757. Systems Design for Weight Optimization


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T P Clemmons: 757. Systems Design for Weight Optimization. 1969.



It is well known that one of the fore most objectives during initial design of a new aircraft is to minimize structural weight. This paper describes a method for reducing structural weight that relies on a more fundamental approach than the typical detail part weight study. The concept reported here was used effectively during design of the trailing edge flap drive system for the 747 airplane. It is based on applying the principles of systems engineering to optimize the weight of a group of related elements, rather than treating each component as an isolated case.
This approach is feasible because for most of the controls equipment, weight is analogous to load, and the design loads can be regulated to a certain extent by the equipment itself.
Aircraft structure is in general, sized to with stand aircraft maneuvering and externally applied loads. Maneuver and external load values are related to the aircraft’s mission requirements, and the resulting weight is, in that -sense, productive. However, it frequently occurs that loads larger than the mission requirement loads are produced by the controls systems used on the aircraft. The systems-produced loads do not enhance mission capability, and the result is a weight penalty. Minimization of these penalty loads is thus a significant weights engineering concern.
It is usually necessary to add load-limiting devices for reducing the control system peak loads that produce weight penalties. This function i s accomplished on the 747 trailing edge flap system by incorporating torque brakes into the drive mechanism. Reduction of systems loads is then possible by eliminating or lessening the influence of dynamic effects, tolerances and other variables such as friction.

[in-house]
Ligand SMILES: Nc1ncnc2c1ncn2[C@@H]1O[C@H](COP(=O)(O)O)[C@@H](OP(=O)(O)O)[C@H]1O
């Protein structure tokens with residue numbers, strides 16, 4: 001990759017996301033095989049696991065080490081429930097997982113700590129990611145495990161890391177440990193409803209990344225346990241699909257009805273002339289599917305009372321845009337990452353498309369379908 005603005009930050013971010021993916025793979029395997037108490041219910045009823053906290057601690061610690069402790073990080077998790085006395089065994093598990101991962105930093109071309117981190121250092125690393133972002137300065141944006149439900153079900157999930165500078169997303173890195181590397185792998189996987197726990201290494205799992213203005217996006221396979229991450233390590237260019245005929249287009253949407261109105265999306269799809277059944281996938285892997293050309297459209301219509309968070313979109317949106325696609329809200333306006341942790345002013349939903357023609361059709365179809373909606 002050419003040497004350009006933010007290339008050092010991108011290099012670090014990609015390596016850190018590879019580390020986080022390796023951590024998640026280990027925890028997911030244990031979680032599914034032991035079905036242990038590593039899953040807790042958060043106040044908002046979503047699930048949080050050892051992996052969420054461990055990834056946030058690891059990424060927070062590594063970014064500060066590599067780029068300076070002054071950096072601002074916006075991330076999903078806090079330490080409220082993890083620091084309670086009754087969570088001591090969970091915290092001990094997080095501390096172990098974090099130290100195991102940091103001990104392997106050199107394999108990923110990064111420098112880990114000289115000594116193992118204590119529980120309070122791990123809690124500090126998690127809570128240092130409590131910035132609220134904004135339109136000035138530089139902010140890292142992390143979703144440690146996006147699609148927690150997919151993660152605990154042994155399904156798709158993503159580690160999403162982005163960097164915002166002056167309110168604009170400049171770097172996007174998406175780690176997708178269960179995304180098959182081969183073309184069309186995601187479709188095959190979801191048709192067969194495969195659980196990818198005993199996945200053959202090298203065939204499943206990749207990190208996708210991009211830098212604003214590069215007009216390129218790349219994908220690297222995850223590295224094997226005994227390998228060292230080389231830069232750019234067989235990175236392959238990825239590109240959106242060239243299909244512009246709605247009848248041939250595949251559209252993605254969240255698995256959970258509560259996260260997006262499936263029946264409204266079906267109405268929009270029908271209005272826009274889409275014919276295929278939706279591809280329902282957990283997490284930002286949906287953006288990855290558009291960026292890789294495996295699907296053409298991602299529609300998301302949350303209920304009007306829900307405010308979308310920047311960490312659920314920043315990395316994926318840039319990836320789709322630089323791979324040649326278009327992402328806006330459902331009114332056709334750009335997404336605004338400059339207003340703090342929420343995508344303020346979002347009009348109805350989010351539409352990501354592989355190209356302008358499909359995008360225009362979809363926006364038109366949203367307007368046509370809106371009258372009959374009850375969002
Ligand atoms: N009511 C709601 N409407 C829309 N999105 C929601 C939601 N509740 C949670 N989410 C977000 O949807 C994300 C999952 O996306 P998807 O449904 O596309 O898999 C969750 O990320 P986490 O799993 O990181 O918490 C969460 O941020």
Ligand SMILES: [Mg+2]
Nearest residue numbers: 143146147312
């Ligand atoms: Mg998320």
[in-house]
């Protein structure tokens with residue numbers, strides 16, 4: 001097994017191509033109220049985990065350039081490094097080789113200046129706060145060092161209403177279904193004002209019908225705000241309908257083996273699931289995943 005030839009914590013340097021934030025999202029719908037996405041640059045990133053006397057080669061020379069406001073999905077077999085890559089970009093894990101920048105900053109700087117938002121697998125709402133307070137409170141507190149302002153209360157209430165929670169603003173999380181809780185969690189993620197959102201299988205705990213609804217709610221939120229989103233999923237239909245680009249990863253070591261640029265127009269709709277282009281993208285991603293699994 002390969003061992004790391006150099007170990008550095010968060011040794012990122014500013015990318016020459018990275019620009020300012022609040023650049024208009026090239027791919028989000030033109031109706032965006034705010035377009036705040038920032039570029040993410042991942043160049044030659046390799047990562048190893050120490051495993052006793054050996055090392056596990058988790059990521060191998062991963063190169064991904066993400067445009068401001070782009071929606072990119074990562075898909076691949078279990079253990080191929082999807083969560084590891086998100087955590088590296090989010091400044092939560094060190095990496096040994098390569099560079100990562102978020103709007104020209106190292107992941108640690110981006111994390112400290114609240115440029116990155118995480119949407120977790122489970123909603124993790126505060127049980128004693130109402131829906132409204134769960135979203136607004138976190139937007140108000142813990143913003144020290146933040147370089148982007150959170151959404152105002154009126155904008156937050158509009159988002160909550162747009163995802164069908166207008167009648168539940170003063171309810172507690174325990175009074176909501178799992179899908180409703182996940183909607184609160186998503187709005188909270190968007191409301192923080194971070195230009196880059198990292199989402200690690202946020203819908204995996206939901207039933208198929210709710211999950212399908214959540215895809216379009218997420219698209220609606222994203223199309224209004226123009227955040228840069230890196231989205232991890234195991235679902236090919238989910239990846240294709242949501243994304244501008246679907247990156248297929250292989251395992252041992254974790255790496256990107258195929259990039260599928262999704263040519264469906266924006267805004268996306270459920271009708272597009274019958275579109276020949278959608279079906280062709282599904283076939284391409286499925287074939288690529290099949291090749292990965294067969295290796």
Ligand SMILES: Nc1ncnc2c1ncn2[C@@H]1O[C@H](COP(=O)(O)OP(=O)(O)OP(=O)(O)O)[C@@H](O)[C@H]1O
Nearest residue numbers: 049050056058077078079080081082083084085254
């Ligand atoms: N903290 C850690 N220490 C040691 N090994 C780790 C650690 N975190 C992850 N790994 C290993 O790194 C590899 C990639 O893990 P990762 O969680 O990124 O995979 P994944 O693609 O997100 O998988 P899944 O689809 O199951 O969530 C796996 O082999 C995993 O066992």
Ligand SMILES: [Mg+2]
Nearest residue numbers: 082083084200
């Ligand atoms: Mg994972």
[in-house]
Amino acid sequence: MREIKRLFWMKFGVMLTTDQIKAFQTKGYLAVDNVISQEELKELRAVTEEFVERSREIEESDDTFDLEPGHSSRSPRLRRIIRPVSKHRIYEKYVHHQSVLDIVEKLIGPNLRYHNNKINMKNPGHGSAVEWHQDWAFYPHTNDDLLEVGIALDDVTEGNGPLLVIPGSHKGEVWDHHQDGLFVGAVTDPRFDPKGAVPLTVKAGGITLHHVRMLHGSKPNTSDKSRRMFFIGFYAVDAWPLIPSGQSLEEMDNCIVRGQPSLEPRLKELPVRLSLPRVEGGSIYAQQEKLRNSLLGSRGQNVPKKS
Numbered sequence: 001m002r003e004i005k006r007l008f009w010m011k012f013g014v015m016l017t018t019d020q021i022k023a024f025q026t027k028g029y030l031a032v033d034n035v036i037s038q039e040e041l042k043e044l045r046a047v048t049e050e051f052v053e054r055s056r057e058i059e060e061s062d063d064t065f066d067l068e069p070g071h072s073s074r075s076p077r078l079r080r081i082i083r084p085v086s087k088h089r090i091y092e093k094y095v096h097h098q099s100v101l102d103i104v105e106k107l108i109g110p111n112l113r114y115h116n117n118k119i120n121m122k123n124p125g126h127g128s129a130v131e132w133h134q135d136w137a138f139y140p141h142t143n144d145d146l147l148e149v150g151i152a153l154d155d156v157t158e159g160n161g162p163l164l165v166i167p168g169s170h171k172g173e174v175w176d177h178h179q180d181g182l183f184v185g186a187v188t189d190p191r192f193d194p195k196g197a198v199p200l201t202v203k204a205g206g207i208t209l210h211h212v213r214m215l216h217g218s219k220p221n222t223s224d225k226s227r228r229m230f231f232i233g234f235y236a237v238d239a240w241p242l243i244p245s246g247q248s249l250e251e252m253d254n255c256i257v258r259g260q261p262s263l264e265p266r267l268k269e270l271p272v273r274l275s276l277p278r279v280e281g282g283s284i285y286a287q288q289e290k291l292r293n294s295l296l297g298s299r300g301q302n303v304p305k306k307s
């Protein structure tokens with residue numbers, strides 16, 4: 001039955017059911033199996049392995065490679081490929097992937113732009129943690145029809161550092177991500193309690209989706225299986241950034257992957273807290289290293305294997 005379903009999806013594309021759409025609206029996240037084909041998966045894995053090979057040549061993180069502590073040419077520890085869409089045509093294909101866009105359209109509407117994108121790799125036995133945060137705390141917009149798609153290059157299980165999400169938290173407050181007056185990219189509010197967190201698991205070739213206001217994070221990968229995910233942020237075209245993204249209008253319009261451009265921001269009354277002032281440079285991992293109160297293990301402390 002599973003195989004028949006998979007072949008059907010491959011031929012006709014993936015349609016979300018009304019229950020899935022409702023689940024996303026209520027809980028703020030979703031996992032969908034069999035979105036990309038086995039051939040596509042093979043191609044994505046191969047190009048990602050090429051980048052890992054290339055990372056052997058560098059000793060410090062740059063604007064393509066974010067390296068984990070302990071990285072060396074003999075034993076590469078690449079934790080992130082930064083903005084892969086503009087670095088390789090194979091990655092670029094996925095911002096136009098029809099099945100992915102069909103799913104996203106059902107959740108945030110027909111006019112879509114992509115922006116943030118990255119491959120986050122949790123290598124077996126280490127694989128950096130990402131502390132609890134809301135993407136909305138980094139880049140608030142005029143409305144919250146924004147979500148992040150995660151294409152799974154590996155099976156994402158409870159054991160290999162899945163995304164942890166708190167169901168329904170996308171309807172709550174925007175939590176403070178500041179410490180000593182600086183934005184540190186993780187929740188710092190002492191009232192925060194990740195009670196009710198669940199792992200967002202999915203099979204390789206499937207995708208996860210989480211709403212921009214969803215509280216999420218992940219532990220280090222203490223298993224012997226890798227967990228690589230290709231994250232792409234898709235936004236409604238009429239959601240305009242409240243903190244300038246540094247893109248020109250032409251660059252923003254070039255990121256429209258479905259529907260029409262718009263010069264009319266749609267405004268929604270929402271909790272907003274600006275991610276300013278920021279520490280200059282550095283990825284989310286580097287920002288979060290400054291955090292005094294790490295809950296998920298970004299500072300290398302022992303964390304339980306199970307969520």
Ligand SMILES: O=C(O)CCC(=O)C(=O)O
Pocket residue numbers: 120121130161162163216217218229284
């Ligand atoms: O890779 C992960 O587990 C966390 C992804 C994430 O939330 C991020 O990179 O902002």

The load control analysis involves a unique system. The elements involved must be identified and designed into the load control system with the criterion of minimum load penalty. For the 747 trailing edge flap system this design process included consideration of such factors as overall system arrangement, component location, torque tube stiffness, torque brake capabilities, ball screw characteristics, lubricants and other mechanical performance details.
The concepts described here can be applied to most operating systems for complex aerodynamic control surfaces. As shown by the example given, weights engineering can be used at the design stage or reduce structural loads and the attendant weight penalties. Even though certain component weights may be increased, the result is a significant reduction in overall airplane weight.


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